Several people have asked me about working the polls yesterday...
A few thoughts, on being a poll worker, and on the 2008 elction in general -
1. I didn't work with senior adults, although Laura Cozart and I really like them. =) The other poll workers were about my mom's age or a tad older (which is mighty young, Mom). And one was a grandmother of my student... small world.
2. Old Louisville is eclectic. We mainly had U of L voters, so it was fun to see lots of students who confessed, "I have no clue how to vote. Please tell me what to do!" The brand new voters were so great... it was fun to see their enthusiasm and involvement. Other than that, we had all sorts of fun people. It's an interesting place to live which makes it an interesting precinct!
3. Working the polls helps you see your neighborhood. You literally see a good chunk of the people who live within easy walking distance.
4. Working the polls taught me a lot about the election process. It was a good experience, and I would encourage others to try it next time!
5. Being a poll worker means sharing a long time out of one day, but if you have the day off, I think it's well worth it. I will get $120 for the training and election day, which is only about 8 an hour, but it comes at a good time, with Christmas right around the corner.
6. Other aspects about the election (hearing conversations all around me there, talking about it with co-workers, overhearing kids, reading blogs, etc) keep me coming back to a 2-word reminder in my head - DON'T PANIC. There were pros and cons of both canidates and important moral issues are rightly on the forefront of the minds of most Christians. However, we know that God is on His throne. He is Sovereign over the affairs of men. We can pray for president-elect Obama, not in despair, but with hope. God does all things well.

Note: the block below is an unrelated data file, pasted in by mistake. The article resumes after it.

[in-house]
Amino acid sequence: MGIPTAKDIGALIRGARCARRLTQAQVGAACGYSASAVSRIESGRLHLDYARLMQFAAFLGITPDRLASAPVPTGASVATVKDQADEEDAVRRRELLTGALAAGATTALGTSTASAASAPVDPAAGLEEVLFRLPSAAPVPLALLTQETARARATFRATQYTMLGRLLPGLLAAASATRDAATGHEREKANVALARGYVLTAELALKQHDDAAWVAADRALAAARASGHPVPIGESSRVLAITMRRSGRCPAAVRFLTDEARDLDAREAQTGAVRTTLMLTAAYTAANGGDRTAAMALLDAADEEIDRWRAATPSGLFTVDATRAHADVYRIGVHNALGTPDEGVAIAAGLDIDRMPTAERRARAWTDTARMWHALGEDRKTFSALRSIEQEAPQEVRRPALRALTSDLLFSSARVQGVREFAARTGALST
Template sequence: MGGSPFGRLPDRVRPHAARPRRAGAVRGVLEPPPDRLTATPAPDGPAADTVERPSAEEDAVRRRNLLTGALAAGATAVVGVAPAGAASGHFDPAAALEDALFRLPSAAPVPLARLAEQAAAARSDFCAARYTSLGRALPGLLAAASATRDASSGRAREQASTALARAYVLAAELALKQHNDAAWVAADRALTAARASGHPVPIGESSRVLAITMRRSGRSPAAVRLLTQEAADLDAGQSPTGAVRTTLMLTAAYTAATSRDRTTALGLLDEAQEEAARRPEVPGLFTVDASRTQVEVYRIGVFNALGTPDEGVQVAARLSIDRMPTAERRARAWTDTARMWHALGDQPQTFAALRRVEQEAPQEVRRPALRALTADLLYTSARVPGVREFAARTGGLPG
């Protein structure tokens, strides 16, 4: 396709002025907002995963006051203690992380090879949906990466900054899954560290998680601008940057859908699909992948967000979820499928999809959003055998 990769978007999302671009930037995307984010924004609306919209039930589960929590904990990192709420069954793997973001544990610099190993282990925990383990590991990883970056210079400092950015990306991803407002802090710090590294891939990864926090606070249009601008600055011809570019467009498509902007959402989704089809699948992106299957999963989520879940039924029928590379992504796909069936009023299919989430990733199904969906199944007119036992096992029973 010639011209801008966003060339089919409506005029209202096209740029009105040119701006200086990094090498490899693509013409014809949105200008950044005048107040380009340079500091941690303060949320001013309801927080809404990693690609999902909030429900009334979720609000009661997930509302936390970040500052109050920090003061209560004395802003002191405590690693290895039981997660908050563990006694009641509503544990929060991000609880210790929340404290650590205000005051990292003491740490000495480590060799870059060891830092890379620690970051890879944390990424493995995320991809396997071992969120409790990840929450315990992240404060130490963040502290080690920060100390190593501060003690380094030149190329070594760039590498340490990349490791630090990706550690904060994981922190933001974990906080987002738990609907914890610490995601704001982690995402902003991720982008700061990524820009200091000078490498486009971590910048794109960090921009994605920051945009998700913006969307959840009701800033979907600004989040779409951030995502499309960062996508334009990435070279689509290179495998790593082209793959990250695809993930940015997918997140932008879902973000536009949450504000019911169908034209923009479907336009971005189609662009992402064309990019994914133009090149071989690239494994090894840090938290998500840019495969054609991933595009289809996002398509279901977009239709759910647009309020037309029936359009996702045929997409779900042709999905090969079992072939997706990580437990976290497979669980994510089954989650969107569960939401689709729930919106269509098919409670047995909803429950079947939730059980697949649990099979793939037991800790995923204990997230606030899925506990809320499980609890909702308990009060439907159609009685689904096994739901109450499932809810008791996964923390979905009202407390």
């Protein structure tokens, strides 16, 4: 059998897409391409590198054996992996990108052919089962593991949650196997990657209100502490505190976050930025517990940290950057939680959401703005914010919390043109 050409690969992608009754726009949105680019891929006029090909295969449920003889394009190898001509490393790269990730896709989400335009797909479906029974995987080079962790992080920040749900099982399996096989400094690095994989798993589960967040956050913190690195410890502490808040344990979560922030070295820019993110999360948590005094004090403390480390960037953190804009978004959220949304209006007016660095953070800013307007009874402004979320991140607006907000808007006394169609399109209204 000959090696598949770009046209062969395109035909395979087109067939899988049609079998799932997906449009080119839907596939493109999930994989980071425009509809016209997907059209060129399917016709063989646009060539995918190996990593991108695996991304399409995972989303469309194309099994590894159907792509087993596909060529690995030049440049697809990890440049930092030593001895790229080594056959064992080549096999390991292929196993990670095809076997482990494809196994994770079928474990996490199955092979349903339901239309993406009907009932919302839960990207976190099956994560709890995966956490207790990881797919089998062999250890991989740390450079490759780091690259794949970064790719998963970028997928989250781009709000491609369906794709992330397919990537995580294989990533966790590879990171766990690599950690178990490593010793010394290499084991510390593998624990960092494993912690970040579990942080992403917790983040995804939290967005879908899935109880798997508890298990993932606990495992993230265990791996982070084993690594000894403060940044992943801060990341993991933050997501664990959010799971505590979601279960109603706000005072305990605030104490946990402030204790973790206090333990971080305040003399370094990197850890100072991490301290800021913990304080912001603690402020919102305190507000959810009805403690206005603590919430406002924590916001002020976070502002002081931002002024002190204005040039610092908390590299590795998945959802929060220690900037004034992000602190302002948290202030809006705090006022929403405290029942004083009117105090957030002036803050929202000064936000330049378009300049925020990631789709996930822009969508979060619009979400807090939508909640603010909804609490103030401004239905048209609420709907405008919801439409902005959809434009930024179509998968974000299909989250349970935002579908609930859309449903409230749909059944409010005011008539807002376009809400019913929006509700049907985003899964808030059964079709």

7. Proposition 8 passed! :)
8. I wanted to say THANKS to fellow church member Matt Wireman for posting a helpful answer to a popular question these days. Is it okay to abort if the woman was raped? This is something people really discuss, my neighbors included, and Christians need to think deeply about the issues. This is only one of many questions surrounding the abortion issue, but this one strikes me as unique in that you often hear people on both sides of the issue wonder about this one.
Matt said, Doug Wilson has written a good post on this issue. Here’s the gist of such a view of justice:
So here is the answer to the “rape and incest” objection. When a woman conceives as the result of a rape, there are three parties involved. There is the rapist, there is the woman, and there is the child. Two of these parties are innocent, and one of them is guilty. What kind of sense does it make to execute one of the innocent parties for the crime of his father?
I don't think this answer would necessarily help anyone who was very pro-choice. I am not saying that it will change minds or hearts just by spouting it off to friends who disagree... only God can. But I think it's helpful. I think it's good. I realize these are emotional issues that often divide. I won't be getting into politics very often on here, but I do think Christians should respect and pray for Obama earnestly, praying to the King on His throne, and that we should be thinking very deeply about the issues that have and will continue to affect our nation and live by the Word of Truth.
9. Oh yea, I was on the news! I was told that I was working hard, which relieved me, because I only remember the media's cameras surprising me when I was just starting on my burger Dustin brought me from Sonic! Glad they didn't show that clip!
10. I do agree with Carolyn McCulley completely and she worded it so much better than I could -
Though I disagree with many of President-elect Obama's policies (and will be praying for change), I still appreciate the tremendous moment facing us with the election of our nation's first African-American president. Read more here.
11. Go here for a prayer to pray for Obama.